I remain quite intrigued by the RIU construction woes in St. James, near Rose Hall, on a little-used strip of the pristine Mahoe Bay beach on Jamaica’s scenic north shore. There is speculation of conspiracy with a local official to circumvent the strict building code that limited to three floors any construction at the site, since it would lie in the direct flight path to the runway at the nearby Sangster International Airport. Work had been proceeding at a feverish pace on this RIU’s newest jewel, the company’s fourth on the island and slated to open in September of this year.
Those of us with any knowledge or memory of the area are quite aware of the history of that parcel of desolate land RIU has sought to tame, this not being the first attempt to capitalize on the potential of its prime seaboard location.
There had been, prior to the RIU construction, incomplete structures left by the former owners who, out of frustration for reasons unknown, abandoned the plans to further develop the land, and fled. It was then left to herds of wandering ruminants, the homeless and the curious, left wild and overgrown with weeds, with pools of stagnant water hosting armies of mosquito larvae which would later bedevil the unsuspecting holidaymakers next door.
This wilderness was partly hidden from view by hundreds of breathtaking, vibrant “surprise” bougainvillea shrubs, their limbs cascading from metal shelves along the length of the Royal Palm-lined driveway to one of the resort area’s most regal estates.
This plot of land had sat unused for what seemed like forever, as far back as I can remember. A few days after moving into the neighborhood and getting acquainted with my surroundings I was informed by Albert, one of the area denizens and a cattle owner with two yellowed front teeth and a face like crumpled parchment, that “dem set goozum” on the place.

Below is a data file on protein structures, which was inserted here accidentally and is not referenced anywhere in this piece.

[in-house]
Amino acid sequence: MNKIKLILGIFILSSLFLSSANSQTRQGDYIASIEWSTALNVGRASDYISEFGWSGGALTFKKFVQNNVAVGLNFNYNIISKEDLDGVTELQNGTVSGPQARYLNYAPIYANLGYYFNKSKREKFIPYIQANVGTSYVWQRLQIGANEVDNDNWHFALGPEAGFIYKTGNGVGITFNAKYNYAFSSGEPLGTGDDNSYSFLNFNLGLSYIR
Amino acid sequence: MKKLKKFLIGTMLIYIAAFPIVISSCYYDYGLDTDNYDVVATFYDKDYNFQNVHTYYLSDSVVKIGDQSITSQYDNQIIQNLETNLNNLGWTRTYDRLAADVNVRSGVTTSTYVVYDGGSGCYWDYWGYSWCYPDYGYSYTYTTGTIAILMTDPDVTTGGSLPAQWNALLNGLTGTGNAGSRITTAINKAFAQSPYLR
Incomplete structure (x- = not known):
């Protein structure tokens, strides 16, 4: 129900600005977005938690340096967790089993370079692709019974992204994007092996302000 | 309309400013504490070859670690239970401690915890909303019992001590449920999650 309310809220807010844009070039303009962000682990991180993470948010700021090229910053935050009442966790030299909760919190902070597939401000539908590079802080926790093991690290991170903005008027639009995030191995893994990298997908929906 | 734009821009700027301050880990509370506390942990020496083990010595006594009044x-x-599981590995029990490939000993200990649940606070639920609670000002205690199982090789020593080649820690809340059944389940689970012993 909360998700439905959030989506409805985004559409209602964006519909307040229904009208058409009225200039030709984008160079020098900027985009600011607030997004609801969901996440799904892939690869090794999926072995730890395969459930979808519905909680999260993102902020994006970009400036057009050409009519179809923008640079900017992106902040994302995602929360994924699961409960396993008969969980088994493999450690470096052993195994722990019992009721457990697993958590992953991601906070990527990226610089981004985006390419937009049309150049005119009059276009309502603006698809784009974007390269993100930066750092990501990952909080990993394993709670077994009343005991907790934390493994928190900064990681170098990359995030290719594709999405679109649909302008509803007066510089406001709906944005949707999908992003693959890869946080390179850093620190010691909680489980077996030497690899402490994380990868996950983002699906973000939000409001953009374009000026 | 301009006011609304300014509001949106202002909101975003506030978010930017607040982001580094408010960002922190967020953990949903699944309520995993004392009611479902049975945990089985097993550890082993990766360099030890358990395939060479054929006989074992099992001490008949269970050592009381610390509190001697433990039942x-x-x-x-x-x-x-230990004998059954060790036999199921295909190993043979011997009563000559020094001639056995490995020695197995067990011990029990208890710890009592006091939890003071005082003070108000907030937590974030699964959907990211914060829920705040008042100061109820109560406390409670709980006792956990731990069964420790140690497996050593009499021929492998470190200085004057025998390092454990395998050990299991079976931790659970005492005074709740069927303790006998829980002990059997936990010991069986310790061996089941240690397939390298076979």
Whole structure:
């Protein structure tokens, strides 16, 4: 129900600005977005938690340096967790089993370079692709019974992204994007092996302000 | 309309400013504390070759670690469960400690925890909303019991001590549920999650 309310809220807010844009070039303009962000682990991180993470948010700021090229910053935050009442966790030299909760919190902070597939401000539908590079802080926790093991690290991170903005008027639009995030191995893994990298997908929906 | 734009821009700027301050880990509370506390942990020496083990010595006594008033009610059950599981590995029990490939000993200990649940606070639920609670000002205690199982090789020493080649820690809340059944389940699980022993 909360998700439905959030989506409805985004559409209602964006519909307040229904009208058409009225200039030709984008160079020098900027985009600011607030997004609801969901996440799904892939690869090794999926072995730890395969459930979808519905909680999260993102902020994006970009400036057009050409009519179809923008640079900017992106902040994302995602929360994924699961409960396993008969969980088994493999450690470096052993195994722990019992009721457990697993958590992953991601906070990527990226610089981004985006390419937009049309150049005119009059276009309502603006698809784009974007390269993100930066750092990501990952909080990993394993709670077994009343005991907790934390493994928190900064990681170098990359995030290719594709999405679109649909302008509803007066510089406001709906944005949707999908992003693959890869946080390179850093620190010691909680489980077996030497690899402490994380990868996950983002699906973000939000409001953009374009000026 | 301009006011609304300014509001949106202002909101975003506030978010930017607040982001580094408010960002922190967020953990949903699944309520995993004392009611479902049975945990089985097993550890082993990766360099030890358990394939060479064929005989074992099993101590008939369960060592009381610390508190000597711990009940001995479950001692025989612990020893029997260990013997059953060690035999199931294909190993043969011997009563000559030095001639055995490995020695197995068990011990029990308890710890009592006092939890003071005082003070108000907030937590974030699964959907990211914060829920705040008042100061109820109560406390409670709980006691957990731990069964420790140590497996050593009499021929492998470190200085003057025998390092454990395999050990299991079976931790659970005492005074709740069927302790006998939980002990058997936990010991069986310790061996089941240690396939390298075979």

Albert was of the belief that the lot was doomed to sit idle for eternity, and no matter how much money was spent, each project would fizzle and come to naught. But then again, Albert opined, the former developers had not paid homage to the spirits through the usual time-honored traditions, but had hurriedly constructed buildings without the benefit of earth blessings. “Wen yu a bill, yu haffi lef sump’n fi di spirit dem, Miss, ef yu want everyting fi run simood,” were his words of ancient wisdom, intoned after a long drag of a giant spliff.
Local lore indicated that for a lot that size, you had to kill a ram, at least, and sprinkle the blood around the four corners of the property if you didn’t want any trouble, especially with your neighbors, during and after the construction. Your life could depend on it. This practice was one of the few vestiges of the Dark Continent, left behind from the old days, and brought over to the Indies by those who survived the Middle Passage. Albert swore by it.
“Were the folks over at RIU aware of this,” I wondered. With 110 hotels in 18 countries, you’d think they’d understand the wisdom behind local folklore. “Surely the Jamaican workers on the site would ensure the tradition prevailed, for they knew that to ignore it would be at their own peril.” Though stoutly denied by skeptics, rumor had it that the collapse of the scaffolding that claimed a life at the construction site of that other new resort, had been caused by gross dereliction in performing the same ritual.
I wondered if RIU had ignored this adivce, and reckoned that there’d be hell to pay if they had. With all this fourth-floor flight-path conundrum, ten to one they might have thought it to be mere island superstition, and short-circuited the whole procedure. If so, they’d best hop to it, I concluded, as it might not be too late. Will they have to demolish an entire floor? Only the spirits know for sure. And perhaps at this point, they may need more than just one rammy to do the trick.
If Albert knows how to remove the “goozum”, he’s not saying a word.